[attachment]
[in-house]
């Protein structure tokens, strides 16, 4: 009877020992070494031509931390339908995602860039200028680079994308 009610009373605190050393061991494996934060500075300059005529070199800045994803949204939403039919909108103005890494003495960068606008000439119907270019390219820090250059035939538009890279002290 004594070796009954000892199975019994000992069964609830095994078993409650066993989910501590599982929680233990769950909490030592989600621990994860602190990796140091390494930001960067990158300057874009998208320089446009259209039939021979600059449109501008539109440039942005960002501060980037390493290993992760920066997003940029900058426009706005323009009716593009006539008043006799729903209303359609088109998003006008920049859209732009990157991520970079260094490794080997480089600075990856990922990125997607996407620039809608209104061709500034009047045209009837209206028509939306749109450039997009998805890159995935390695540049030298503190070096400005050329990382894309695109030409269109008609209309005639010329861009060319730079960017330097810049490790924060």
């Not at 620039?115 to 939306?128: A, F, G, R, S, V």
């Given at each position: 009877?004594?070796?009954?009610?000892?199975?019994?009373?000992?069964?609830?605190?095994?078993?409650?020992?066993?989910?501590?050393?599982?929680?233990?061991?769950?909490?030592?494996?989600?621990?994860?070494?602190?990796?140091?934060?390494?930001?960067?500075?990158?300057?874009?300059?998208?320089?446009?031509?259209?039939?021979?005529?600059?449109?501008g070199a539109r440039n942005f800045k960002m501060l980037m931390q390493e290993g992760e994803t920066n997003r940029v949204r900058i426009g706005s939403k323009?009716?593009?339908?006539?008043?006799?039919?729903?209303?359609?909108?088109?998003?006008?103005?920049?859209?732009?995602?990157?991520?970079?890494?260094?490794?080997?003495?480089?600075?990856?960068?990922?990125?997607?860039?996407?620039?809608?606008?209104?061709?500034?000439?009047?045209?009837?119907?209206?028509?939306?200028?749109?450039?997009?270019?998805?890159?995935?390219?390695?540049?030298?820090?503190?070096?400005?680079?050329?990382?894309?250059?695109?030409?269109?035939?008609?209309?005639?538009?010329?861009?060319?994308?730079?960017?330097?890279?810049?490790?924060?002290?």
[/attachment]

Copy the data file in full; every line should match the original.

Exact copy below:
[in-house]
């Protein structure tokens, strides 16, 4: 009877020992070494031509931390339908995602860039200028680079994308 009610009373605190050393061991494996934060500075300059005529070199800045994803949204939403039919909108103005890494003495960068606008000439119907270019390219820090250059035939538009890279002290 004594070796009954000892199975019994000992069964609830095994078993409650066993989910501590599982929680233990769950909490030592989600621990994860602190990796140091390494930001960067990158300057874009998208320089446009259209039939021979600059449109501008539109440039942005960002501060980037390493290993992760920066997003940029900058426009706005323009009716593009006539008043006799729903209303359609088109998003006008920049859209732009990157991520970079260094490794080997480089600075990856990922990125997607996407620039809608209104061709500034009047045209009837209206028509939306749109450039997009998805890159995935390695540049030298503190070096400005050329990382894309695109030409269109008609209309005639010329861009060319730079960017330097810049490790924060």
């Not at 620039?115 to 939306?128: A, F, G, R, S, V």
């Given at each position: 009877?004594?070796?009954?009610?000892?199975?019994?009373?000992?069964?609830?605190?095994?078993?409650?020992?066993?989910?501590?050393?599982?929680?233990?061991?769950?909490?030592?494996?989600?621990?994860?070494?602190?990796?140091?934060?390494?930001?960067?500075?990158?300057?874009?300059?998208?320089?446009?031509?259209?039939?021979?005529?600059?449109?501008g070199a539109r440039n942005f800045k960002m501060l980037m931390q390493e290993g992760e994803t920066n997003r940029v949204r900058i426009g706005s939403k323009?009716?593009?339908?006539?008043?006799?039919?729903?209303?359609?909108?088109?998003?006008?103005?920049?859209?732009?995602?990157?991520?970079?890494?260094?490794?080997?003495?480089?600075?990856?960068?990922?990125?997607?860039?996407?620039?809608?606008?209104?061709?500034?000439?009047?045209?009837?119907?209206?028509?939306?200028?749109?450039?997009?270019?998805?890159?995935?390219?390695?540049?030298?820090?503190?070096?400005?680079?050329?990382?894309?250059?695109?030409?269109?035939?008609?209309?005639?538009?010329?861009?060319?994308?730079?960017?330097?890279?810049?490790?924060?002290?």